Ford (NYSE:F) announced new efforts to increase the company’s global output by a third. Plans include building new plants in emerging markets, changing production methods, and keeping 90 percent of the company’s factories open 24 hours by 2017, according to a report from Reuters.
Ford executives spoke to reporters about the plans on Monday at Ford’s Michigan Assembly Plant. The efforts are a part of CEO Alan Mulally’s “One Ford” initiative, which is credited with turning Ford around in the wake of the financial crisis without having to accept bailout money from the government. Part of Mulally’s restructuring plans has been unifying Ford’s manufacturing strategy. By 2017, the No. 2 U.S. automaker will use nine different platforms to build the majority of its cars and trucks, down from the 15 it uses currently, which will boost efficiency.
Ford plans to build 14 new factories in emerging markets like China and India, which will bring its total number of factories to 80 by 2017. The plan is for 90 percent of these factories to operate on three shifts, which will boost production by 30 percent. Currently, only 65 percent of the company’s factories run 24 hours.
While Mulally has said he plans to stay with Ford through 2014, it has been revealed that he doesn’t have a contract requiring him to stay, which has raised Microsoft’s (NASDAQ:MSFT) hopes that they can convince Mulally to replace CEO Steve Ballmer. Ballmer is set to retire sometime before August of next year, and Mulally is reportedly at the top of Microsoft’s CEO wish list. The matter is of such concern to Ford that sources have said Mulally’s possible departure for Microsoft will be discussed when the company’s board of directors meets in Dearborn, Michigan, this week.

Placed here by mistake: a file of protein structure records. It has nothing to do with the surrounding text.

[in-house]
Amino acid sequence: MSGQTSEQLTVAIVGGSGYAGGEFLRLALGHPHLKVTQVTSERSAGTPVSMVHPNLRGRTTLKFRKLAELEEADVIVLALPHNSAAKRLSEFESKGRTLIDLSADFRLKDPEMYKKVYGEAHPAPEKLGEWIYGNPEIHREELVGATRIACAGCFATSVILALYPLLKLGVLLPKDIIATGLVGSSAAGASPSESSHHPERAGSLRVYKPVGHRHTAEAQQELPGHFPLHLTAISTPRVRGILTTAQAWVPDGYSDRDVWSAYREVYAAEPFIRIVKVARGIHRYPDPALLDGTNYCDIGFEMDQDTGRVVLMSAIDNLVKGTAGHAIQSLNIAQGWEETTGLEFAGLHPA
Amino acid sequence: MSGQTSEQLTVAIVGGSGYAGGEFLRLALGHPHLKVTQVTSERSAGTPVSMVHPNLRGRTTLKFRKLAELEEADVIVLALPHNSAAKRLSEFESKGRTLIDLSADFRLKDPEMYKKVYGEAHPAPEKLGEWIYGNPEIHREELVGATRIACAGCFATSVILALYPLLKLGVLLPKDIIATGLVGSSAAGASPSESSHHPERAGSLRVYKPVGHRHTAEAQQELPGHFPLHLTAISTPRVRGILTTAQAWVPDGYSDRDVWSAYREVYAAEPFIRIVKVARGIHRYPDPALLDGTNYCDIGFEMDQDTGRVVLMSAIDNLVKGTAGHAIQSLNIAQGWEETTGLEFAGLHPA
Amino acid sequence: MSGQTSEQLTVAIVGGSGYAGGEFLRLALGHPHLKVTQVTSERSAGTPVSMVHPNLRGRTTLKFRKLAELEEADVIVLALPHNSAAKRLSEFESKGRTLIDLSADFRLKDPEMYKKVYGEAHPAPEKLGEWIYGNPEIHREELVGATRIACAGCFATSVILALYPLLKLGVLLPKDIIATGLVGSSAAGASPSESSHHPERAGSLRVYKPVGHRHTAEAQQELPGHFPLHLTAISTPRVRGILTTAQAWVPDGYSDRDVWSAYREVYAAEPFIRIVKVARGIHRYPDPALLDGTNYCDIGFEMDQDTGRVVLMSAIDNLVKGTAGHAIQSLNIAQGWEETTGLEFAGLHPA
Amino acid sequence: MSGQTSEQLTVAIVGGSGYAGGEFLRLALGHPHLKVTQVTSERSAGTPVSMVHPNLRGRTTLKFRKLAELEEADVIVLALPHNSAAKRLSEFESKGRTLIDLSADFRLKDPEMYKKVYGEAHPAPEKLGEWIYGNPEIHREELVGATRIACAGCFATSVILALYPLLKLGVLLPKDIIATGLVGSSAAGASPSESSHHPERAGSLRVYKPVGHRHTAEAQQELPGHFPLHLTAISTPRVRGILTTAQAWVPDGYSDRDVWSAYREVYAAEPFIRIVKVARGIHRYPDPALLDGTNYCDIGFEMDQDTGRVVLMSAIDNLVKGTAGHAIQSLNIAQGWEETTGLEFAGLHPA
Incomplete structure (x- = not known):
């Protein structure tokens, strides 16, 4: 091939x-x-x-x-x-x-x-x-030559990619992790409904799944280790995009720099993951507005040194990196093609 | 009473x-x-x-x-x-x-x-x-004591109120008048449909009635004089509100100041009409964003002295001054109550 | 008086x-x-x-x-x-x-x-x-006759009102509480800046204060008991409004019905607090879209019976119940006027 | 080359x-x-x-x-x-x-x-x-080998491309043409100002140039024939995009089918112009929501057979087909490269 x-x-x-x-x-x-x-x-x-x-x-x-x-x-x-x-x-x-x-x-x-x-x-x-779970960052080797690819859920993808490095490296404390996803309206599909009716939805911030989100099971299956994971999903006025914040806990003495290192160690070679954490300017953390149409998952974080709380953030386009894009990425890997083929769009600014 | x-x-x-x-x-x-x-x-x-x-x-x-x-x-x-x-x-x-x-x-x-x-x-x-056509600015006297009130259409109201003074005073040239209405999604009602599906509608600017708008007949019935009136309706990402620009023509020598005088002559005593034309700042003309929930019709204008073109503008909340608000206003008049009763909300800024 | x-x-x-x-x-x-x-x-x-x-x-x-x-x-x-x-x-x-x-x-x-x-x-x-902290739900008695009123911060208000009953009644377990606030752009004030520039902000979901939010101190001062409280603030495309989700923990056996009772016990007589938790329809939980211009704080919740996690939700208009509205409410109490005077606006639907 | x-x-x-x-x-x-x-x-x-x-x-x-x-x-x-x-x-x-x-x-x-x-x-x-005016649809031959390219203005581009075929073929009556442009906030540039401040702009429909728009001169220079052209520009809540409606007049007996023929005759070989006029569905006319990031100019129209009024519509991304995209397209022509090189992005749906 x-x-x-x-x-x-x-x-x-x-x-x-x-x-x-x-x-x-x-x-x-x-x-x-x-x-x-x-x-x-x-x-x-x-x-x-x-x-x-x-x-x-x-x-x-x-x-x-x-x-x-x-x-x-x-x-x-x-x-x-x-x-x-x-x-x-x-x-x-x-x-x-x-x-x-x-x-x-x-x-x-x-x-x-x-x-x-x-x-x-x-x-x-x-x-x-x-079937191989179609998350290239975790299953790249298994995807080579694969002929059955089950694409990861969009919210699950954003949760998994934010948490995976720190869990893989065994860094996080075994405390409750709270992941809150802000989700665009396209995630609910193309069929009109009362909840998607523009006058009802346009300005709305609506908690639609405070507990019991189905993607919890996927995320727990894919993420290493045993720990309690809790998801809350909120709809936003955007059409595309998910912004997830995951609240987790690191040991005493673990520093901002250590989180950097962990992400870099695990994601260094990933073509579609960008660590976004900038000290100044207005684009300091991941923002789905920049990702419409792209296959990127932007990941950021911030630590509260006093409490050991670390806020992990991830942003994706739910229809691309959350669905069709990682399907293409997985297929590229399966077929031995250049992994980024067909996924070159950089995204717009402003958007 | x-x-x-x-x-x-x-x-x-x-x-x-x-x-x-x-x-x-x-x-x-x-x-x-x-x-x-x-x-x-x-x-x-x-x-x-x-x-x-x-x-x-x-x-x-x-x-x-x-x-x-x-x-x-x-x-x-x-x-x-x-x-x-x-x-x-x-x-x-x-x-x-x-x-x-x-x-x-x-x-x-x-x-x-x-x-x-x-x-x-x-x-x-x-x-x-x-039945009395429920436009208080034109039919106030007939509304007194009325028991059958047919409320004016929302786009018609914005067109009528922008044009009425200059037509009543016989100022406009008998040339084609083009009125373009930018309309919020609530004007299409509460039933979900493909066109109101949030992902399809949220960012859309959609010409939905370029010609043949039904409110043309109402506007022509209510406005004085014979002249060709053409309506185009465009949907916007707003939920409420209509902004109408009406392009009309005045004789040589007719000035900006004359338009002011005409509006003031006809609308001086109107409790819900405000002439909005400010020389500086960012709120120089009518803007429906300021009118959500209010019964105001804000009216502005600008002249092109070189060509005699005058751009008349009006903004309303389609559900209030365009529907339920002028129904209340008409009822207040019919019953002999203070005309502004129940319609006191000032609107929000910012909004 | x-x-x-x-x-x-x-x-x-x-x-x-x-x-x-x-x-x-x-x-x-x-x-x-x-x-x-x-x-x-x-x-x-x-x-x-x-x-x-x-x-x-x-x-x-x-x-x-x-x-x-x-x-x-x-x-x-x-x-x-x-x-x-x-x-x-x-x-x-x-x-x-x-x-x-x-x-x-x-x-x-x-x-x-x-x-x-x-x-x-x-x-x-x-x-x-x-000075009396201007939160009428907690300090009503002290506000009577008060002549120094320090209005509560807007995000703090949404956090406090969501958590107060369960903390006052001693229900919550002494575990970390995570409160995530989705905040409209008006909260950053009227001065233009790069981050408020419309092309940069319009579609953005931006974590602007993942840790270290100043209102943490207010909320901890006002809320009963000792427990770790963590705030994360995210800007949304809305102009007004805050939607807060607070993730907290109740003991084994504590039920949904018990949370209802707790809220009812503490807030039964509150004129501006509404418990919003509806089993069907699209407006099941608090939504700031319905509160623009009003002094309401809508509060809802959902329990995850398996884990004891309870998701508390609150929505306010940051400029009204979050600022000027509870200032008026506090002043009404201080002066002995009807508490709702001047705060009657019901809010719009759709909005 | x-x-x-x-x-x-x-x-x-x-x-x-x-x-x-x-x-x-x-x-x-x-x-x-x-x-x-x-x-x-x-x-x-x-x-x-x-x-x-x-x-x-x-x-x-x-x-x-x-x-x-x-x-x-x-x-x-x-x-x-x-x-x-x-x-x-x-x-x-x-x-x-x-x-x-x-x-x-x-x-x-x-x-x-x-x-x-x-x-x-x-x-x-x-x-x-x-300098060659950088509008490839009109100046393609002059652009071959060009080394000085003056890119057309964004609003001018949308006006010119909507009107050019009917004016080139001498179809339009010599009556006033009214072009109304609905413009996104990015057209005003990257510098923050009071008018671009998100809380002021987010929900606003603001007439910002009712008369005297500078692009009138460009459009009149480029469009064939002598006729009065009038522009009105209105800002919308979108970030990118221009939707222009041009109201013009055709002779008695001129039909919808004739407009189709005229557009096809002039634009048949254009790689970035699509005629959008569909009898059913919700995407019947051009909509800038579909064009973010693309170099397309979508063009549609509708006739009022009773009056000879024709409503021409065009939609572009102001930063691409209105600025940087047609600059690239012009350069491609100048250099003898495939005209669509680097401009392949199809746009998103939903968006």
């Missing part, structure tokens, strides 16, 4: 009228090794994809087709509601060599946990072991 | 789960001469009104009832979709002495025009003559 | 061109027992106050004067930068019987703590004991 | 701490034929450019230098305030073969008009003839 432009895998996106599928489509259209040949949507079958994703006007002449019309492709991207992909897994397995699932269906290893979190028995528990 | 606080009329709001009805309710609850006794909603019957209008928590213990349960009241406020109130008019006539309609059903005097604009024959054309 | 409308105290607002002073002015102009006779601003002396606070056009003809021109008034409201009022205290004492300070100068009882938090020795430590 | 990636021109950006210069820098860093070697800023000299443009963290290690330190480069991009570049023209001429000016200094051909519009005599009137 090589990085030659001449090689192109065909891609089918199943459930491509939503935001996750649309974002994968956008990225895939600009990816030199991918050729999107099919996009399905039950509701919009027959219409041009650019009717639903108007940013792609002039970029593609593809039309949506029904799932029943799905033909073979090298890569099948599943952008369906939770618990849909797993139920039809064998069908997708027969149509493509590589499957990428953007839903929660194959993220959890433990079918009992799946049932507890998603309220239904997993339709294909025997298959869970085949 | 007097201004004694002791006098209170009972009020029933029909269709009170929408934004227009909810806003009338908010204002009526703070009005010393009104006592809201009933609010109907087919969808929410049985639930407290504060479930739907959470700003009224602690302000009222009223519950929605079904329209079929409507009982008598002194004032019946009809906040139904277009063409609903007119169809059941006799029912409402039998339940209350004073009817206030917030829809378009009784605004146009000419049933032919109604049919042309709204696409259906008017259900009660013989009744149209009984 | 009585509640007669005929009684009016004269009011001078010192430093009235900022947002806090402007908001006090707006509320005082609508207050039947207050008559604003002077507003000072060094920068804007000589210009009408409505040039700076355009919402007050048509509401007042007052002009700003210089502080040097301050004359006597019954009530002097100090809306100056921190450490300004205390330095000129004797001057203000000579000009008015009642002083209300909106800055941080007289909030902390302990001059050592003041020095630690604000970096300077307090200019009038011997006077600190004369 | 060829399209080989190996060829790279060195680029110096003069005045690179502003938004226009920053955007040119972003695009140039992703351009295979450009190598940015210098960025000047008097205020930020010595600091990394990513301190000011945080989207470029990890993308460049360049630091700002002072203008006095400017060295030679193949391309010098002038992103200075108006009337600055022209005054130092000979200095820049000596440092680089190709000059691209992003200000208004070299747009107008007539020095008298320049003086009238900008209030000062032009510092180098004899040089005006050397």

According to September sales numbers released by automakers last week, Ford is closing the gap with General Motors (NYSE:GM), the No. 1 automaker in the U.S. General Motors reported a sales drop of 11 percent versus a year ago, with Chevrolet sales dropping 14.7 percent and GMC sales falling 9.7 percent, while the Cadillac and Buick brands showed some growth. General Motors sold a total of 187,195 vehicles in September; analysts had only expected a 4.2 percent decline. Meanwhile, Ford’s sales grew 6 percent year over year, and the company sold a total of 185,146 vehicles in the month.
If Mulally does leave Ford for Microsoft, Ford will need to prove that it can continue with Mulally’s highly successful restructuring plans without his guidance.
Here’s how shares of Ford are trading this week:
Follow Jacqueline on Twitter @Jacqui_WSCS
Don’t Miss: Can Improved Fuel Economy Boost GM Truck Sales?